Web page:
J. W. Richards
1903 Journal of the American Chemical Society  
T h e eightieth birthday of the Bethlehem iron-master was celebrated by over 400 engineers a t a dinner in New York. A fund of over $4000 was subscribed, which will endow the John Fritz gold medal, to be awarded annually for notable scientific or industrial achievement. The awarding board is composed of four members from each of the four American Societies of Engineerscivil, mining, mechanical and electrical. Eng. Miit. I., November 2 2 , 1902.-All the workable deposits occur as seams in the
more » ... as seams in the Laramie clays. These have a thickness of 2 0 0 0 feet, and coal is distributed throughout it in varying quantities; at one place 16 seams are in goo feet, one of them 2 2 feet thick. Many seams are near the surface, and the coal is gotten by stripping off a few feet of clay. Several seams 25 feet thick have been measured, and one is 40 feet. The lignites are brown to dull black, usually show the woody structure, contain no sulphur, about 30 per cent. of moisture, and fall to pieces on drying. They burn like wood, with great heat and little smoke, leaving a gray ash. The output has doubled annually for the past four years.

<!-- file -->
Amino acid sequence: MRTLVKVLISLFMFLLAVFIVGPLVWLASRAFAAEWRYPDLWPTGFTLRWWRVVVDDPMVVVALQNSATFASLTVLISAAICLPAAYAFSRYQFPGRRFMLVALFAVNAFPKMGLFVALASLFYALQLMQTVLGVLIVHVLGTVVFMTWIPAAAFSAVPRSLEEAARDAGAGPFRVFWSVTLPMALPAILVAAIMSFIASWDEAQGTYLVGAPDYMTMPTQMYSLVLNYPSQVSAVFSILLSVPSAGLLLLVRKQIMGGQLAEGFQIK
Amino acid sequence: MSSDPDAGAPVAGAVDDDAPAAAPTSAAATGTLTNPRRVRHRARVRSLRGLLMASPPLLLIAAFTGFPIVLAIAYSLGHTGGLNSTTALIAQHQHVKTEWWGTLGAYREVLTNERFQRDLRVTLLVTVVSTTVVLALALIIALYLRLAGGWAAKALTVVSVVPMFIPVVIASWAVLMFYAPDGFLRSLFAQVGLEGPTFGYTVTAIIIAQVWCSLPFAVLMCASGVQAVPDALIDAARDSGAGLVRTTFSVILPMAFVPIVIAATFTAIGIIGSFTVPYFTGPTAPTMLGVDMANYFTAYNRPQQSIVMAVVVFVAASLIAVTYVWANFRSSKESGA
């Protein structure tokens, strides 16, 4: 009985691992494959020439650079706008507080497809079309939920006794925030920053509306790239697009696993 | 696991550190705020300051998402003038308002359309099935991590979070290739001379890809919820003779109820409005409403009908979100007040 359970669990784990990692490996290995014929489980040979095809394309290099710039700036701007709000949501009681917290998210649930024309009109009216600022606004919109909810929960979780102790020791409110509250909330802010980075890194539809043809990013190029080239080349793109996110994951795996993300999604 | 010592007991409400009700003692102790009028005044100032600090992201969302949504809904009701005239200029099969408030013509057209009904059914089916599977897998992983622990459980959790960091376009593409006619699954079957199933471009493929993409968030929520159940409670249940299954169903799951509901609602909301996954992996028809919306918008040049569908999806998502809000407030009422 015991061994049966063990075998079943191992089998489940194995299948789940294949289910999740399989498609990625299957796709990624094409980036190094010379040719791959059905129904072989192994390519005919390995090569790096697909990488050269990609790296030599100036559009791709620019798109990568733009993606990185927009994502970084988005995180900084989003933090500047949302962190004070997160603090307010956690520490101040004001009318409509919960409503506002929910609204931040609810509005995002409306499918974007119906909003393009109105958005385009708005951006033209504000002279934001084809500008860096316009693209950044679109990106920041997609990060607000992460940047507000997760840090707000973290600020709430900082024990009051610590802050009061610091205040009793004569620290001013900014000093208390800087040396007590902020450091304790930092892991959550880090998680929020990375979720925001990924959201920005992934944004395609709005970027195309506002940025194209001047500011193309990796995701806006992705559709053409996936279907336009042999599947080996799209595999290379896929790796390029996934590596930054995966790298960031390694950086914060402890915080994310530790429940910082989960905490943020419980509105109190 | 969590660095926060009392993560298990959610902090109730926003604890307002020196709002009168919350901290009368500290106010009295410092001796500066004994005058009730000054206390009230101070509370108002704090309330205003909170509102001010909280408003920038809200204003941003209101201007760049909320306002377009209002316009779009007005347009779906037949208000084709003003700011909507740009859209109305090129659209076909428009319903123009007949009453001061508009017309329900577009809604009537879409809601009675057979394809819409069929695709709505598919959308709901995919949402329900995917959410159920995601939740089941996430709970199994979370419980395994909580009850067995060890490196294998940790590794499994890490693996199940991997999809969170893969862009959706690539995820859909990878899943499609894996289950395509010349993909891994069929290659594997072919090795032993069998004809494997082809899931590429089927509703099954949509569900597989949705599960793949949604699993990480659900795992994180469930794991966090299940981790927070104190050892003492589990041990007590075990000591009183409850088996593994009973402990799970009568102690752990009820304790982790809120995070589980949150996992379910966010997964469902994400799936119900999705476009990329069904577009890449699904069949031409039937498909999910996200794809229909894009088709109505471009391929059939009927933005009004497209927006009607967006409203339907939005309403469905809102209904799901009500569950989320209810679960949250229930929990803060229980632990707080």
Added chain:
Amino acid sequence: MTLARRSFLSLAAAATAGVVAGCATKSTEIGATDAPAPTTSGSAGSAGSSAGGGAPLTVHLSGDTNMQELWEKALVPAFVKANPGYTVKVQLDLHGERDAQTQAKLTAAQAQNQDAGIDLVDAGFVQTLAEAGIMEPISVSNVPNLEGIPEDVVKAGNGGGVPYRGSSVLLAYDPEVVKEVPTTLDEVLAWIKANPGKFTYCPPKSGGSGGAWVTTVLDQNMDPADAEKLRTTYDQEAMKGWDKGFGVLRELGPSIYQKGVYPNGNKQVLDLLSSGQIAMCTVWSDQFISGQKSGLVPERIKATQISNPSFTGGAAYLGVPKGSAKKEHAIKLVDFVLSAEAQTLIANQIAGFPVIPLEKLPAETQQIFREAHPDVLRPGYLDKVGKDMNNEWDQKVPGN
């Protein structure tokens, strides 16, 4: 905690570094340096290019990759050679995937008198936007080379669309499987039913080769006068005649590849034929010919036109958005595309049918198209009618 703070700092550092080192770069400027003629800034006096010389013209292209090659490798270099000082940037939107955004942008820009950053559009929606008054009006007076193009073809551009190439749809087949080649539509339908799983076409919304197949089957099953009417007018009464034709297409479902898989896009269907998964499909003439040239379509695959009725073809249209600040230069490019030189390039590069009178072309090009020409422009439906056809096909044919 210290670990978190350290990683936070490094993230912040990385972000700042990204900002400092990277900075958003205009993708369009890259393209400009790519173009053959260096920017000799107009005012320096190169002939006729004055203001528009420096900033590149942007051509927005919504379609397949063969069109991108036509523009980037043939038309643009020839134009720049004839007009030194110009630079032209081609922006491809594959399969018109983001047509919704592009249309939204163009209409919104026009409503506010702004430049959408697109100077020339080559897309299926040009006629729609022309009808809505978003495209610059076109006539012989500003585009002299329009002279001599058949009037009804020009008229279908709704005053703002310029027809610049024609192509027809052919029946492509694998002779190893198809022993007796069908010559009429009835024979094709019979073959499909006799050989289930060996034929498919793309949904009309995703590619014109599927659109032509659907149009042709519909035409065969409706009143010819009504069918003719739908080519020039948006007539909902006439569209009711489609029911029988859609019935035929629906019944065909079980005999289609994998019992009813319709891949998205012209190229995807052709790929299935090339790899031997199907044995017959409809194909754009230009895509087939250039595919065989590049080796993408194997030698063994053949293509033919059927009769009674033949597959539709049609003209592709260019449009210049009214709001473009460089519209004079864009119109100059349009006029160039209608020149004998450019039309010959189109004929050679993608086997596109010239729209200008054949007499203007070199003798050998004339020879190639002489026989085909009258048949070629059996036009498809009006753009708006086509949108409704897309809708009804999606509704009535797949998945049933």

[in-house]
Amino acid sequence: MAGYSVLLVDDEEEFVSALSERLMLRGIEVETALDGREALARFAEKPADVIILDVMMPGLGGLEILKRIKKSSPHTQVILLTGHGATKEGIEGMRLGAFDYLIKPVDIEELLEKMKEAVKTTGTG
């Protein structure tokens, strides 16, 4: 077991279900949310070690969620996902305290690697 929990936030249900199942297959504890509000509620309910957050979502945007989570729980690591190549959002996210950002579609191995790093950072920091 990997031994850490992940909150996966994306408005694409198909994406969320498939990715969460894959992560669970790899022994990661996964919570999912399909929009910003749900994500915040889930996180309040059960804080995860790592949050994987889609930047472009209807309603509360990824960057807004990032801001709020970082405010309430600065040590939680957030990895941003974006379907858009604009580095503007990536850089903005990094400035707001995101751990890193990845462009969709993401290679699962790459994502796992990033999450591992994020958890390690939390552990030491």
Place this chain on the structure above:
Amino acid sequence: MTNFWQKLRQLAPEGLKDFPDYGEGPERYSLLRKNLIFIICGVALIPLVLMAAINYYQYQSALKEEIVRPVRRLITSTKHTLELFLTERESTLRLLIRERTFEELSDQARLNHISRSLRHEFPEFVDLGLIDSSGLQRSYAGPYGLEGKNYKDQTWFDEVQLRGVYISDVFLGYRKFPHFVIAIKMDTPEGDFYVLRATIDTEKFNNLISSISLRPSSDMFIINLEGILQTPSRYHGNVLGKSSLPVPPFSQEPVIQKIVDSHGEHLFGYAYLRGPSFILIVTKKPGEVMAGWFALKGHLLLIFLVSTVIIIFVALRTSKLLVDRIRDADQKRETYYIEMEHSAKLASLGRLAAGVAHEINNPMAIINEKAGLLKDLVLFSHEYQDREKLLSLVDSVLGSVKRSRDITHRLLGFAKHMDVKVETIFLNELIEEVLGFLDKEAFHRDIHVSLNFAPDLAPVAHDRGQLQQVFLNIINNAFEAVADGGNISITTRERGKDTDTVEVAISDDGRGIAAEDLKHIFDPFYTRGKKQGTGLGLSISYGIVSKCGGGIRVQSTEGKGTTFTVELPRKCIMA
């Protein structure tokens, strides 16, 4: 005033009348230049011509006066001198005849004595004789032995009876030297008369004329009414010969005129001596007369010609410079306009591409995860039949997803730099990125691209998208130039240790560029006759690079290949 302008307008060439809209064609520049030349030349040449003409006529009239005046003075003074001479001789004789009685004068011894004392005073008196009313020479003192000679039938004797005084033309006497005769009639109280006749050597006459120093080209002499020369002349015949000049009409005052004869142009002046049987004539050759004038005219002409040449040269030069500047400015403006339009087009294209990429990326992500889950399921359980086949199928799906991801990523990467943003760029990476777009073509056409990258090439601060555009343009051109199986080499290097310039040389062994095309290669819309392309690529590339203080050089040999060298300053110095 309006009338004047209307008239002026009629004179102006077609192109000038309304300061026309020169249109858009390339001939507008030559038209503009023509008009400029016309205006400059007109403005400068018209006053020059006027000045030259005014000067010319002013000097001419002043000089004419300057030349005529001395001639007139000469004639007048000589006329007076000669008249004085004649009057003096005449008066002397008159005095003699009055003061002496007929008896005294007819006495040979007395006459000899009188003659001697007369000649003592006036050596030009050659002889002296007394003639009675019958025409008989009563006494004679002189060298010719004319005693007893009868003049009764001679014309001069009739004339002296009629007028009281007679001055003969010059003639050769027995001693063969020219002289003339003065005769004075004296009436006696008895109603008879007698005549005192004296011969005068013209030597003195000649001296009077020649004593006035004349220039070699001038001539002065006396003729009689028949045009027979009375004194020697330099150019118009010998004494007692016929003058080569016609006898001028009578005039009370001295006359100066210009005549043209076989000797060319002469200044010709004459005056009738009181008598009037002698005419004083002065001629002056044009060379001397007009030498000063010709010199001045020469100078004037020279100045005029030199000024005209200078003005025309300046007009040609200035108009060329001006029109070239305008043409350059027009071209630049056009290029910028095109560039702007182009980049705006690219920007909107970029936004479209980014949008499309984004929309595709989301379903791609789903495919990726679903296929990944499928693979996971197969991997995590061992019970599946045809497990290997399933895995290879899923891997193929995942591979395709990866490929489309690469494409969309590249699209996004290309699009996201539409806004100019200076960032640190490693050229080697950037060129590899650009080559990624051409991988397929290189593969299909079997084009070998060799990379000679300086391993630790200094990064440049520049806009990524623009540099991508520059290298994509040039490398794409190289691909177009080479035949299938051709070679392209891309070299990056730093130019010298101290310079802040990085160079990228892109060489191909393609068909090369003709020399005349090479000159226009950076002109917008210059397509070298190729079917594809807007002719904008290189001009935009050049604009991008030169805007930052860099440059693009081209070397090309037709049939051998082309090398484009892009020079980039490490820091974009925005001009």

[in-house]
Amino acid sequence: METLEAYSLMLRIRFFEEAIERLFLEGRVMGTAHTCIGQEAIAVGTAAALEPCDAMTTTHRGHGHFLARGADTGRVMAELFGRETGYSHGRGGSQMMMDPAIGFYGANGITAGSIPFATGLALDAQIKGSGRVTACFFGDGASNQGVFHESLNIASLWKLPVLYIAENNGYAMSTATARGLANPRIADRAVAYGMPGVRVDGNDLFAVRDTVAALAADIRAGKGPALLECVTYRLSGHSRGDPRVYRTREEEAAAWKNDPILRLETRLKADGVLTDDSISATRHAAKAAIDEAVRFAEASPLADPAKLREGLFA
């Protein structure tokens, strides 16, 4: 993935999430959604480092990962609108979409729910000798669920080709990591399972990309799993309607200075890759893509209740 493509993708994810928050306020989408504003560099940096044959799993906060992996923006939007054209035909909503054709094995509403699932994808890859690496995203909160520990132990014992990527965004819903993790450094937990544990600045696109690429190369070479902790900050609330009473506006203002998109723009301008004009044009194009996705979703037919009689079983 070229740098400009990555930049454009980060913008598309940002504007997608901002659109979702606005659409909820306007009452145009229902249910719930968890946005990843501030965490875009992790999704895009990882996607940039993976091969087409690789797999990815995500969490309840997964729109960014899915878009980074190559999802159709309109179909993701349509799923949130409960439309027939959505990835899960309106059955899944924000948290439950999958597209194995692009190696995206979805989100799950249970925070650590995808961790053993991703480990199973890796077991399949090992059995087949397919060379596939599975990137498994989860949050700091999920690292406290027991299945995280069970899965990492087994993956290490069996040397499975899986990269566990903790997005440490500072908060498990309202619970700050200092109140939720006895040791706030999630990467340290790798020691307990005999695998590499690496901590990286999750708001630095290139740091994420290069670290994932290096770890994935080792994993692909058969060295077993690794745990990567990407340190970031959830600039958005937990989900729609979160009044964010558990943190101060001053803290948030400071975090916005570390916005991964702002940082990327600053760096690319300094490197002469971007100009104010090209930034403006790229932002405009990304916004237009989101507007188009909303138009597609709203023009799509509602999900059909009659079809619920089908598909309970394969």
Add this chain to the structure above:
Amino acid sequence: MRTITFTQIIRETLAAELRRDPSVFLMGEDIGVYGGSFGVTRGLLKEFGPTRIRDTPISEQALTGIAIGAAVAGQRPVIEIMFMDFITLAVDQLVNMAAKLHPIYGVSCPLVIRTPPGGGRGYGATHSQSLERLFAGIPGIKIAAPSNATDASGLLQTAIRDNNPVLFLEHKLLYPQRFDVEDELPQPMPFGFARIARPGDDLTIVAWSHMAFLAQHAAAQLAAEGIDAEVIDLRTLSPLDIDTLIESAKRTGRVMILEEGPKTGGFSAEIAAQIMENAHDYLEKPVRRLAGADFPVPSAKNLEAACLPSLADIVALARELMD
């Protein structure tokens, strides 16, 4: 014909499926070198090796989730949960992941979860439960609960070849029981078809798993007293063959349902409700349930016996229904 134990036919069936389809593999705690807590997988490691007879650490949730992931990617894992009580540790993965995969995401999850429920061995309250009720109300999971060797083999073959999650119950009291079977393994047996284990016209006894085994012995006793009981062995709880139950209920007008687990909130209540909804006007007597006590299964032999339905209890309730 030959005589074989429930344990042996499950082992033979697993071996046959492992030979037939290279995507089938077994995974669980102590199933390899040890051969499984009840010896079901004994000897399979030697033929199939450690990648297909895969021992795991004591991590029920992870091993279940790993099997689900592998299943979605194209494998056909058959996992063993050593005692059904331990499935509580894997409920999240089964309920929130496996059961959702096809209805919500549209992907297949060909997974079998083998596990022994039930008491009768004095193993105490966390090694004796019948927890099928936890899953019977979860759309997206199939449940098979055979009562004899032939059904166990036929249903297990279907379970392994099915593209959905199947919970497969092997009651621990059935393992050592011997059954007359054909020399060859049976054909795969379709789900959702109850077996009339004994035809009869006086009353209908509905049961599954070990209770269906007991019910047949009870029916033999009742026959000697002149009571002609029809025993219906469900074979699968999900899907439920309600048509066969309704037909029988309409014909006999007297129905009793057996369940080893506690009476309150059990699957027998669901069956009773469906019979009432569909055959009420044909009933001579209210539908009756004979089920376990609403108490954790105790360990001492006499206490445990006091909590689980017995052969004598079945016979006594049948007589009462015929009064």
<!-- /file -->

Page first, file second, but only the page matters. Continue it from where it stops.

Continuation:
doi:10.1021/ja02005a028 fatcat:zewnpmwoa5ftzid645s4fim2xa